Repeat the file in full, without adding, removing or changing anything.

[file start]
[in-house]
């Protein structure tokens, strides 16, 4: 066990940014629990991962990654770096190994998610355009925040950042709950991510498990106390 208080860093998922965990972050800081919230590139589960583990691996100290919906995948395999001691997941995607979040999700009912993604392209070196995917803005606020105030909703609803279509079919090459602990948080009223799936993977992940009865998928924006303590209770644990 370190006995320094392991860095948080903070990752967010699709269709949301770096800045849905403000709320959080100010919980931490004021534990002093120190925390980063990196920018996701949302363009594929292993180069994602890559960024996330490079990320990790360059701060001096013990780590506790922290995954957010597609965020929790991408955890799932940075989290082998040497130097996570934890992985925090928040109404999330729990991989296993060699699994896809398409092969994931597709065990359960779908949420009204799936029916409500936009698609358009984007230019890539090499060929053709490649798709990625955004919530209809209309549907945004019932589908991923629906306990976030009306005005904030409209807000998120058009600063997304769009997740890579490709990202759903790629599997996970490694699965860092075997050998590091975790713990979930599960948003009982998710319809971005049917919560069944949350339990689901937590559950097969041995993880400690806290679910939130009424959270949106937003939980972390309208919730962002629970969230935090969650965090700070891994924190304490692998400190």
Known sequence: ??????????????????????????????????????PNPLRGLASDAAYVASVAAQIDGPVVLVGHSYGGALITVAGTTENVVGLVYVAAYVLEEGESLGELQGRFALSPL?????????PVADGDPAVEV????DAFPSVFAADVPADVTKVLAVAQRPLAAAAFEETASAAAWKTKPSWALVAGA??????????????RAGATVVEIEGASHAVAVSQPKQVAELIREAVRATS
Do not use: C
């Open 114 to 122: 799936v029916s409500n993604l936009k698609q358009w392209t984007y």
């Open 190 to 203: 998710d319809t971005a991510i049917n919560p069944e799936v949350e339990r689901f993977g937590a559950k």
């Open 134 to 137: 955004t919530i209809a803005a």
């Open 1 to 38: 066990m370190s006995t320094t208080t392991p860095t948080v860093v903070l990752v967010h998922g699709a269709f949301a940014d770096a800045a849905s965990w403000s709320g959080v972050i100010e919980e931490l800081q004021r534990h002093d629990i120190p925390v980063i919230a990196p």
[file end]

[in-house]
């Protein structure tokens, strides 16, 4: 066990940014629990991962990654770096190994998610355009925040950042709950991510498990106390 208080860093998922965990972050800081919230590139589960583990691996100290919906995948395999001691997941995607979040999700009912993604392209070196995917803005606020105030909703609803279509079919090459602990948080009223799936993977992940009865998928924006303590209770644990 370190006995320094392991860095948080903070990752967010699709269709949301770096800045849905403000709320959080100010919980931490004021534990002093120190925390980063990196920018996701949302363009594929292993180069994602890559960024996330490079990320990790360059701060001096013990780590506790922290995954957010597609965020929790991408955890799932940075989290082998040497130097996570934890992985925090928040109404999330729990991989296993060699699994896809398409092969994931597709065990359960779908949420009204799936029916409500936009698609358009984007230019890539090499060929053709490649798709990625955004919530209809209309549907945004019932589908991923629906306990976030009306005005904030409209807000998120058009600063997304769009997740890579490709990202759903790629599997996970490694699965860092075997050998590091975790713990979930599960948003009982998710319809971005049917919560069944949350339990689901937590559950097969041995993880400690806290679910939130009424959270949106937003939980972390309208919730962002629970969230935090969650965090700070891994924190304490692998400190």
Known sequence: ??????????????????????????????????????PNPLRGLASDAAYVASVAAQIDGPVVLVGHSYGGALITVAGTTENVVGLVYVAAYVLEEGESLGELQGRFALSPL?????????PVADGDPAVEV????DAFPSVFAADVPADVTKVLAVAQRPLAAAAFEETASAAAWKTKPSWALVAGA??????????????RAGATVVEIEGASHAVAVSQPKQVAELIREAVRATS
Do not use: C
């Open 114 to 122: 799936v029916s409500n993604l936009k698609q358009w392209t984007y």
């Open 190 to 203: 998710d319809t971005a991510i049917n919560p069944e799936v949350e339990r689901f993977g937590a559950k």
């Open 134 to 137: 955004t919530i209809a803005a």
């Open 1 to 38: 066990m370190s006995t320094t208080t392991p860095t948080v860093v903070l990752v967010h998922g699709a269709f949301a940014d770096a800045a849905s965990w403000s709320g959080v972050i100010e919980e931490l800081q004021r534990h002093d629990i120190p925390v980063i919230a990196p």